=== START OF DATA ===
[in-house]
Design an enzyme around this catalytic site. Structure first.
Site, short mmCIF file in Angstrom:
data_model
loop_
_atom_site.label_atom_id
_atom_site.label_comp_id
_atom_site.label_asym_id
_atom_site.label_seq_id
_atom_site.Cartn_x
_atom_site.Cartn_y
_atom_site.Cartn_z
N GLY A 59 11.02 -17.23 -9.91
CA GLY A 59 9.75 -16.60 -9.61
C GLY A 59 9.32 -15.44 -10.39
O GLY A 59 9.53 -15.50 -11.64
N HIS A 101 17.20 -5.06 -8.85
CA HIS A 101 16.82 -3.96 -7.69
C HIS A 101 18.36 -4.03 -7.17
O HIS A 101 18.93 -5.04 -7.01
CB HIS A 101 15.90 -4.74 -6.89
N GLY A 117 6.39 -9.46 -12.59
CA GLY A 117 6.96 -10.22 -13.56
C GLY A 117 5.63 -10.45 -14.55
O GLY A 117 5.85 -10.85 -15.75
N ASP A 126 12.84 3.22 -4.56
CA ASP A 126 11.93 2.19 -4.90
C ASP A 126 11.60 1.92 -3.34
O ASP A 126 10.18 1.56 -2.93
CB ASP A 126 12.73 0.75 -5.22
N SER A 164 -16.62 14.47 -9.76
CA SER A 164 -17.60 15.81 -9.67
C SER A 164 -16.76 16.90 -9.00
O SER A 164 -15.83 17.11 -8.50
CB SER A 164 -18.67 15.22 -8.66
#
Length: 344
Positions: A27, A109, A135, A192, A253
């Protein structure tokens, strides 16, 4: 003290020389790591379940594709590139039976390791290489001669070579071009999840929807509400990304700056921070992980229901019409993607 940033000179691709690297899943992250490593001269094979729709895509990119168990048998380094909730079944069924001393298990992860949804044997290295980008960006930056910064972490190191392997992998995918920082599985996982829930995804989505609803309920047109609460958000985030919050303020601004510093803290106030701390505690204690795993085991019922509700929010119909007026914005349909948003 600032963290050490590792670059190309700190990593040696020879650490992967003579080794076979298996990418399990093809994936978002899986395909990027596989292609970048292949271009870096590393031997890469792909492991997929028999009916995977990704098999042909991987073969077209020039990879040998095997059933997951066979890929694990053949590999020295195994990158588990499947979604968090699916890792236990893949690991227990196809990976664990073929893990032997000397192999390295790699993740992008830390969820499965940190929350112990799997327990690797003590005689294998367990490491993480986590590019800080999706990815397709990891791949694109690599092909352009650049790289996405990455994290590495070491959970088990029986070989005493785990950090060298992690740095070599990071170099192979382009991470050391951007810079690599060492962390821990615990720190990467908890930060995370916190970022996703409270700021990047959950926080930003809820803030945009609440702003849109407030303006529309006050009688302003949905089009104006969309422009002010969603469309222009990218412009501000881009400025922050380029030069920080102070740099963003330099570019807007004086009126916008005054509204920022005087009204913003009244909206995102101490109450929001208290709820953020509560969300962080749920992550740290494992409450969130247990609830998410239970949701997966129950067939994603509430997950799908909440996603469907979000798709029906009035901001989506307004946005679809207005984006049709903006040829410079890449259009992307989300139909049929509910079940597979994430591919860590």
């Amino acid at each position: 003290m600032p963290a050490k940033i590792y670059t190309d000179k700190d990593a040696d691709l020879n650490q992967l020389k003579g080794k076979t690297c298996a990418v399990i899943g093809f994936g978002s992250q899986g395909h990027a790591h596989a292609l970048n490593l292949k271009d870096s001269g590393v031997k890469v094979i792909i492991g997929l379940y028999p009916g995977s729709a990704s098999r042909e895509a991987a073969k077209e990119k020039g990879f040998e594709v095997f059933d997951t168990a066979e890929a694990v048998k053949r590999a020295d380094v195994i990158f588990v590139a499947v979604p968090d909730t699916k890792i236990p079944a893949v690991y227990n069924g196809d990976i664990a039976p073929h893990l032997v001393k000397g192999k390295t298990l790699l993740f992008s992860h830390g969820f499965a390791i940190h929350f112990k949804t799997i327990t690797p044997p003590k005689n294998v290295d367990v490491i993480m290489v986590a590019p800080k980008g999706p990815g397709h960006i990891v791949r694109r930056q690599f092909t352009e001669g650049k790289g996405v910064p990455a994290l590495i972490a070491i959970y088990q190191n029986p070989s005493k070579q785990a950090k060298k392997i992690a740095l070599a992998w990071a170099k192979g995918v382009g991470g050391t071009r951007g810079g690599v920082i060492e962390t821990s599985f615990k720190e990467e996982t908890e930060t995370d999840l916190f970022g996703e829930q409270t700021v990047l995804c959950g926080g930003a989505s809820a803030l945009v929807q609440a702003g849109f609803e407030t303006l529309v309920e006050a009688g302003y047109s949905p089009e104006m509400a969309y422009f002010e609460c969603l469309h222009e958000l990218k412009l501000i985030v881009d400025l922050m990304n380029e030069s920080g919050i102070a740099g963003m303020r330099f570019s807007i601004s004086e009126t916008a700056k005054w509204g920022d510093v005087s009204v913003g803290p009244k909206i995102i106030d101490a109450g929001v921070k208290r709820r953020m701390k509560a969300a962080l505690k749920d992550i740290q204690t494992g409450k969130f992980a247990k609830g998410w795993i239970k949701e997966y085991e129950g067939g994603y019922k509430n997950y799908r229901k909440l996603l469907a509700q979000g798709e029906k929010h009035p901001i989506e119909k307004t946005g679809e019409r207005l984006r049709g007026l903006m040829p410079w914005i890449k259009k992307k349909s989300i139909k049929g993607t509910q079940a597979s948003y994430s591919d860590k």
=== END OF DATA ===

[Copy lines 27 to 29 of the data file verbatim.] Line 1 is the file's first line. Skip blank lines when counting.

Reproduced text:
CA ASP A 126 11.93 2.19 -4.90
C ASP A 126 11.60 1.92 -3.34
O ASP A 126 10.18 1.56 -2.93